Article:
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Published: 2001-03-07 00:00:00

A potentially toxic algal bloom has been found in Lake Taupo – and Environment Waikato says it highlights the need for changes to the way the lake’s catchment is managed.

Last week a number of bathers in the lake complained to Environment Waikato about “small particles, like confetti” in the water at various sites. The Council tested samples from six sites between Kinloch and Kuratau where the main complaints had come from.

Testing showed a wide area had been affected by the bloom, which contained a potentially toxic blue-green algae and a green algae, both of which had been found in the lake in previous summers. About 65 percent of the samples was made up of the potentially toxic variety.

Water scientist Bill Vant said cell counts were reported to the Medical Officer of Health for Pacific Health, Dr Phil Shoemack. Cell counts showed the density of the algae varied from about four cells per millilitre at Kinloch to about 1260 cells at Kawakawa Bay, while an estimate of cells from a sample from Te Hapua Bay showed counts as high as 6000 to 7500.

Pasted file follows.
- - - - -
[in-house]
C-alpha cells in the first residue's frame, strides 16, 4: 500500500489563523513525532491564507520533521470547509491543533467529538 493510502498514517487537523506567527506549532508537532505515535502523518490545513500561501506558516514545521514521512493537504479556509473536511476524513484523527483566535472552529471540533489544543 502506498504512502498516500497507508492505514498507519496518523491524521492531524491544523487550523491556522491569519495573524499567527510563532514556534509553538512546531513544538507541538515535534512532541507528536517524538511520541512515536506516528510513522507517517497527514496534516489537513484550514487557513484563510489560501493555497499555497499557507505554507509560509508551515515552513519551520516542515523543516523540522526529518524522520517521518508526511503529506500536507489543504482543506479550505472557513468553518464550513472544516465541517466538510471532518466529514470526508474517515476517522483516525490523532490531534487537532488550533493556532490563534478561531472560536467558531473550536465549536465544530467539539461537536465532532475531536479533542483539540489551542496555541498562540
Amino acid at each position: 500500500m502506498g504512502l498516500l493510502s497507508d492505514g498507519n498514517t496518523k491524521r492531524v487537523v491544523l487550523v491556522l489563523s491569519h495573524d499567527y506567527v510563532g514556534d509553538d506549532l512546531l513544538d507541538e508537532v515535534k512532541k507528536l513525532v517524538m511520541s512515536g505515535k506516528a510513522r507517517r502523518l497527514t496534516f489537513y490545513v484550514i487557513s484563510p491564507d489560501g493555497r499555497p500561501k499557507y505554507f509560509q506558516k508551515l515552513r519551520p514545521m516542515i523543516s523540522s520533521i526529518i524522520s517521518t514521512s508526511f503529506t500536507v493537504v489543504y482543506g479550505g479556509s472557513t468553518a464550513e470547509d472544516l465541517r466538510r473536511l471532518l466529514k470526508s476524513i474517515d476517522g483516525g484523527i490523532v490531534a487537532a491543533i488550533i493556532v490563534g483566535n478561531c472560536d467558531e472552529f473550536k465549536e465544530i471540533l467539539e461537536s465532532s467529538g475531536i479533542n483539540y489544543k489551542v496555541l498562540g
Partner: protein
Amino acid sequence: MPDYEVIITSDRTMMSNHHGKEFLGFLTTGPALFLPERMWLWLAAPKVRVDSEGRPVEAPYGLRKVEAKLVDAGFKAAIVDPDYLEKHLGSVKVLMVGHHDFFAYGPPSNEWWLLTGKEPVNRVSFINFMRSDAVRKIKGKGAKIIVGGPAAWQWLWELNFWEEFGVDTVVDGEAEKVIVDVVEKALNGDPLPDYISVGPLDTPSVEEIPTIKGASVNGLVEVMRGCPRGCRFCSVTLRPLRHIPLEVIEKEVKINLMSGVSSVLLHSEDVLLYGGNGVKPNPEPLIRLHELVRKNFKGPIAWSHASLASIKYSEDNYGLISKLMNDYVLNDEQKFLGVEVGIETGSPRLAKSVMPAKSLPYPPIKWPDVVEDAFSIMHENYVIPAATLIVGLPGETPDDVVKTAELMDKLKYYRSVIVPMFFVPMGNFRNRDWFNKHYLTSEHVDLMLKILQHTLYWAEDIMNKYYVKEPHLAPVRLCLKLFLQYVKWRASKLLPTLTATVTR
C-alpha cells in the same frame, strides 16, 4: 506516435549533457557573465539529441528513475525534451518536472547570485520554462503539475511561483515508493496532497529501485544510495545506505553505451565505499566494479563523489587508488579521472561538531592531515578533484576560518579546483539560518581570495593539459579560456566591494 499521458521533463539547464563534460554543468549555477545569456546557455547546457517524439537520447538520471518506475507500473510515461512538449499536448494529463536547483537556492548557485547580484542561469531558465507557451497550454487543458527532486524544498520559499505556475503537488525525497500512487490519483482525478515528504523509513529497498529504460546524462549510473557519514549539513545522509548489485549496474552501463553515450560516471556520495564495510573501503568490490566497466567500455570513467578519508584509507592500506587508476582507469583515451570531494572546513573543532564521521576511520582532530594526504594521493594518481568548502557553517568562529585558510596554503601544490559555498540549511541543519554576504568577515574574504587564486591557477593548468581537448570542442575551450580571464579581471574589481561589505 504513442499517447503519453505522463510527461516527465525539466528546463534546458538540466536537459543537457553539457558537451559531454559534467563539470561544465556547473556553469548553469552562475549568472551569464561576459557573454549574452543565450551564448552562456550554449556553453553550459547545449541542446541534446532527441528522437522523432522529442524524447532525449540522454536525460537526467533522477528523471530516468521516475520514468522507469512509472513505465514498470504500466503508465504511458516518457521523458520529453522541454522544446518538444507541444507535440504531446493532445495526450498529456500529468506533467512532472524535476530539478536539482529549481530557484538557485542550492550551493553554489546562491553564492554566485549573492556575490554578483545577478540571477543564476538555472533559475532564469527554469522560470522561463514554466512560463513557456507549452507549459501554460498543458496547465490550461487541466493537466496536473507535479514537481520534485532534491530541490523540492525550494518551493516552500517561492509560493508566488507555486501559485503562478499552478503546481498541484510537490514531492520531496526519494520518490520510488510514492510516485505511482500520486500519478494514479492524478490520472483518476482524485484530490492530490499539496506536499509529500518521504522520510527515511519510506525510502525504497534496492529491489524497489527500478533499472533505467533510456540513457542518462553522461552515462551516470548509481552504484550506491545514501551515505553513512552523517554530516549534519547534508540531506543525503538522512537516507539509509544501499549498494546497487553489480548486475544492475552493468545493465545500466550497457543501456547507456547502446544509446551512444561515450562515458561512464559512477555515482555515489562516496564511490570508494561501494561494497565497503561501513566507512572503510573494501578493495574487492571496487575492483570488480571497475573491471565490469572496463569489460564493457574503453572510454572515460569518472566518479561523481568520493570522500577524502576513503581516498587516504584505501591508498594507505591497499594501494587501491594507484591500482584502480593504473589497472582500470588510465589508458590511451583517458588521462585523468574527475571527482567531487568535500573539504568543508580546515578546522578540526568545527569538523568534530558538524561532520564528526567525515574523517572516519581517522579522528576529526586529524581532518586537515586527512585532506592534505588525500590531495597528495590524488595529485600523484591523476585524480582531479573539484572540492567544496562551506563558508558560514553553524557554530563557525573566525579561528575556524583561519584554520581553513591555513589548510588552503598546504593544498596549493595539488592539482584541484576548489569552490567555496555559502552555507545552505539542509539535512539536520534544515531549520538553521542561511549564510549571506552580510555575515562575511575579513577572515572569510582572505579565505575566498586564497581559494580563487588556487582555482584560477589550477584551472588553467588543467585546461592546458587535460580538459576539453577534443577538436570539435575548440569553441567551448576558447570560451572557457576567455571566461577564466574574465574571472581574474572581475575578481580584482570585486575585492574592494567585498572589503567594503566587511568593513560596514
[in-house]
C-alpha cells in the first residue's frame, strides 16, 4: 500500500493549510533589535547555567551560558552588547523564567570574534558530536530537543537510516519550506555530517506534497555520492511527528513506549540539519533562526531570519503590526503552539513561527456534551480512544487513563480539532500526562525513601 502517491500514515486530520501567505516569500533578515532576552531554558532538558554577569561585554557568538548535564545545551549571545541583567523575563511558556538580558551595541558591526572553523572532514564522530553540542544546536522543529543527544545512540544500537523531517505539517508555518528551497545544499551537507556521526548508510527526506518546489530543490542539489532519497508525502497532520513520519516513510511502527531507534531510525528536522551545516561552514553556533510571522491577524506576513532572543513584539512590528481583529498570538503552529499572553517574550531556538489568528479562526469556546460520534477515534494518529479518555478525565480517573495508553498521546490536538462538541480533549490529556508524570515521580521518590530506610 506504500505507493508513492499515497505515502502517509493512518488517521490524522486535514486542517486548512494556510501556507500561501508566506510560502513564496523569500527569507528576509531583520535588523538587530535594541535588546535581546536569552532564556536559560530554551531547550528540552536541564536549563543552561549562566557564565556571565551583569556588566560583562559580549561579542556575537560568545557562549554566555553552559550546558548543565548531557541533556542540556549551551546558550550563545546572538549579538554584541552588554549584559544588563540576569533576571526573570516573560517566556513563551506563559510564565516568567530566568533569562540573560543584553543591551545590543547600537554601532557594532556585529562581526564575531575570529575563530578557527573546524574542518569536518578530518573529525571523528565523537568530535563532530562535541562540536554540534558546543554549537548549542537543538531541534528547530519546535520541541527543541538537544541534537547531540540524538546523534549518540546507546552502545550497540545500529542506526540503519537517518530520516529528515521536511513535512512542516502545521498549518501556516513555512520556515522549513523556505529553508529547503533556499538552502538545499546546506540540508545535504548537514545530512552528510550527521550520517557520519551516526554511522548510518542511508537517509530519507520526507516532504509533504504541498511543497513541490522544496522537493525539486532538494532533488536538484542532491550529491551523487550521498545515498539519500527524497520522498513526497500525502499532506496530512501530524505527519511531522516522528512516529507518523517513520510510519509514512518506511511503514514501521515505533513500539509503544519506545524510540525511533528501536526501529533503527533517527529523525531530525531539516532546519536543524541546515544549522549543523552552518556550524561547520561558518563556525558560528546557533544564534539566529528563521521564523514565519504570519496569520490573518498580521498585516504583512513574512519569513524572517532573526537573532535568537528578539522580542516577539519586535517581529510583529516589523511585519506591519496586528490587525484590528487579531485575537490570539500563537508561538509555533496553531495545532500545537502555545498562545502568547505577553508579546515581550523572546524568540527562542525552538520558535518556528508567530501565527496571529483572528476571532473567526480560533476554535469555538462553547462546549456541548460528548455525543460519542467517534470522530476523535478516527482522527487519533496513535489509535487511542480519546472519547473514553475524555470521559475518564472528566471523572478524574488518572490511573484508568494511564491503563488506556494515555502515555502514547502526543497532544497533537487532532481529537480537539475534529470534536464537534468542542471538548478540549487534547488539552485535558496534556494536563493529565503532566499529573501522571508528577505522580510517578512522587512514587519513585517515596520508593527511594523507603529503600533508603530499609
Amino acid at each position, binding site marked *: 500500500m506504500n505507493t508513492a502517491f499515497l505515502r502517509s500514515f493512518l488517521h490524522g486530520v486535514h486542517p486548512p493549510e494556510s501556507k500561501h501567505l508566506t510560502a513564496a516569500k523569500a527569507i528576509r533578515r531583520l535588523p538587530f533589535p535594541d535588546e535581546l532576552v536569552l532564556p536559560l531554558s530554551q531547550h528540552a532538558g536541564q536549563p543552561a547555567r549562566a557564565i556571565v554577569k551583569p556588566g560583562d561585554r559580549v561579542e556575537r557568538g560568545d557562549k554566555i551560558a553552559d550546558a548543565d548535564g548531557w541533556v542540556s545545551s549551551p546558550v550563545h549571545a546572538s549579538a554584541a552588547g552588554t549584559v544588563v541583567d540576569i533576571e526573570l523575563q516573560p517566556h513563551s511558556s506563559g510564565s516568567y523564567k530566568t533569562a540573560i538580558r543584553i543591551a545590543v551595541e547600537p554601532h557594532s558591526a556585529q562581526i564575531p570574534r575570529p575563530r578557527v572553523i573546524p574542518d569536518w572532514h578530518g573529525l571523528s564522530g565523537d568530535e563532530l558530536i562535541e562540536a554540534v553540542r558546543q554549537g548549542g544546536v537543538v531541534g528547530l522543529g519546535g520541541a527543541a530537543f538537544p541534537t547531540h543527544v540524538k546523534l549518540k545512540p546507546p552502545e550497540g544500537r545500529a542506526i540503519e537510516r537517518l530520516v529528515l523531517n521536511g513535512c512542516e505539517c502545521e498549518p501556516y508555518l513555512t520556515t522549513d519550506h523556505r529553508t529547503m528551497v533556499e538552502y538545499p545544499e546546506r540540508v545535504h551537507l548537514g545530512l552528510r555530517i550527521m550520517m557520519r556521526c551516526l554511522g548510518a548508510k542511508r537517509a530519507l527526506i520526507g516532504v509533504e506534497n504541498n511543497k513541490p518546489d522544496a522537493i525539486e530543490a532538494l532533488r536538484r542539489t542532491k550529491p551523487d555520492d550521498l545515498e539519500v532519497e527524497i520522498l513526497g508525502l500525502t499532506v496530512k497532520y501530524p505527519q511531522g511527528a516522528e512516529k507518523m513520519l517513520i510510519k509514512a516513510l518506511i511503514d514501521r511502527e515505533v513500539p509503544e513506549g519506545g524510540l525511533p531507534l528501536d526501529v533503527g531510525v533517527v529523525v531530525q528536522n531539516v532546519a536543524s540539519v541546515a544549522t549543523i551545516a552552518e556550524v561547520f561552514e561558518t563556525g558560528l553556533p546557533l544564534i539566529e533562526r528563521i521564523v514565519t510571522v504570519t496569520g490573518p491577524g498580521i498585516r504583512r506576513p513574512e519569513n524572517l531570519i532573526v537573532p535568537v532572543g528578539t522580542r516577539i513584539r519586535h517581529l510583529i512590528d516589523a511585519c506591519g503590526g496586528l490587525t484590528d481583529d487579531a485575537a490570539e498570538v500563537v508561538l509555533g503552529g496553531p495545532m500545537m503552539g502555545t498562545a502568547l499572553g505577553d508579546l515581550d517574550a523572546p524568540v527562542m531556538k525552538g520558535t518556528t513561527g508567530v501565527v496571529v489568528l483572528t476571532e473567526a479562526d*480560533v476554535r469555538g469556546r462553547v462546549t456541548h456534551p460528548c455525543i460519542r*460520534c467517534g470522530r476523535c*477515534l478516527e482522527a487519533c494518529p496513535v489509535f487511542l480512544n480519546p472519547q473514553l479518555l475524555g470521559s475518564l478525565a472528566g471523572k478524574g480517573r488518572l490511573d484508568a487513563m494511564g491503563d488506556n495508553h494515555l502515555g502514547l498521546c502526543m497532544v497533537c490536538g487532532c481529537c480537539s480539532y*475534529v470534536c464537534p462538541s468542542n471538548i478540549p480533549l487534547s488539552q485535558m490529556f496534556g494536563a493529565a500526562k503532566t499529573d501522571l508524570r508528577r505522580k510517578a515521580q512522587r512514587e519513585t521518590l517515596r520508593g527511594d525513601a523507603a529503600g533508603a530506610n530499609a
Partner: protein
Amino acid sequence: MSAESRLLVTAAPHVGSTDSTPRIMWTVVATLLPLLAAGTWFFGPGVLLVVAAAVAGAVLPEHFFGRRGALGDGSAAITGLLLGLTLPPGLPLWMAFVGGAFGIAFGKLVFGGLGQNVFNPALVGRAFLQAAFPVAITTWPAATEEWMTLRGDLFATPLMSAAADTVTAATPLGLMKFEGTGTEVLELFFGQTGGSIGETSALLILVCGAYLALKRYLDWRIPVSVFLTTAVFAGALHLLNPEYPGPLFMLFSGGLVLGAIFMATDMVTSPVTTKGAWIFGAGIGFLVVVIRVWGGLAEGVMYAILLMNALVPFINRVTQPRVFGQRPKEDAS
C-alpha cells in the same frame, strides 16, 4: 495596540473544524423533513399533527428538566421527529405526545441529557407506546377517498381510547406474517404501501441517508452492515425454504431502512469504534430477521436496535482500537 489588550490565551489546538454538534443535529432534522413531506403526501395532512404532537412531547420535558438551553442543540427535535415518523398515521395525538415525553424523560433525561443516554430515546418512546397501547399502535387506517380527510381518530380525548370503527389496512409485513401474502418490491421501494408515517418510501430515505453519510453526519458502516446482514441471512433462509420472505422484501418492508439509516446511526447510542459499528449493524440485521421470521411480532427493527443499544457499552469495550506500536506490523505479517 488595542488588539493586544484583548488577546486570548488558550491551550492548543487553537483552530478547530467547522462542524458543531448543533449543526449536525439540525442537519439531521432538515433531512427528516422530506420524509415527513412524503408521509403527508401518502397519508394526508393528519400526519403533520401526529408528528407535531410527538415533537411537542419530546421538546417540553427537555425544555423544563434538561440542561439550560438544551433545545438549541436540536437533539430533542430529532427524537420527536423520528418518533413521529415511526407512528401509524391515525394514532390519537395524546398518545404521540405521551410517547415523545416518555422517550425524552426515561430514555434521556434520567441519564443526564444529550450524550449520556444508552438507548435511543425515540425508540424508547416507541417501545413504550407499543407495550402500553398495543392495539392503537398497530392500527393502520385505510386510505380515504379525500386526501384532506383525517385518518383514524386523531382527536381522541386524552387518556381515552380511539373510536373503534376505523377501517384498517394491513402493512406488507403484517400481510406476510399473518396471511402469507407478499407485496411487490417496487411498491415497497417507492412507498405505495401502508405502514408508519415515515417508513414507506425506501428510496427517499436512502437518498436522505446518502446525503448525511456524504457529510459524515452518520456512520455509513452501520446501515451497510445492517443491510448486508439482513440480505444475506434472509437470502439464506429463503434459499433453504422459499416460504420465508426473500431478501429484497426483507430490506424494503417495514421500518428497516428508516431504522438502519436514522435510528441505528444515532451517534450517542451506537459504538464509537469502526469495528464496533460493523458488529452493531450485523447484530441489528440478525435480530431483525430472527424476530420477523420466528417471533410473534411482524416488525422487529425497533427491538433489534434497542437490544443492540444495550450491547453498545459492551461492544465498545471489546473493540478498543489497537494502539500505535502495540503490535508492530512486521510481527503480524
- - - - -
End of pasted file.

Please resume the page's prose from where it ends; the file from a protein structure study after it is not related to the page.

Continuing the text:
"Once levels exceed 2000 cells per ml the water is not safe for drinking and once over 15,000 cells per ml the public would be advised to avoid having any recreational contact with the water," Dr Shoemack said.

“Apart from the Te Hapua Bay sample, counts are relatively low. The high sample is from a relatively remote location, indicating a low health risk.”

Environment Waikato Resource Information Group Manager Dr Tony Petch said blooms were one of the reasons the Council was developing changes to control pollutants from surrounding land entering the lake. The controls were necessary to prevent further enrichment of the lake, which could result in more blooms.

“Normally we would not expect such a bloom in a lake like Taupo, because it is cleaner and colder than the places blooms are usually found. Human activity is known to make these blooms worse and that is one of the reason we are developing methods to protect the lake.”

Dr Shoemack said a number of community water supplies were taken directly from the lake but at this stage no health risks were apparent.

“Cyanobacteria are present in fresh water throughout the world, and blooms depend on various factors including climatic conditions, nutrient levels, and the amount of sunlight.”

Pacific Health, Taupo District Council and Environment Waikato will continue to keep an eye on the bloom and test the water.

This media item was current at its release date. The facts or figures it contains may have changed since its original publication.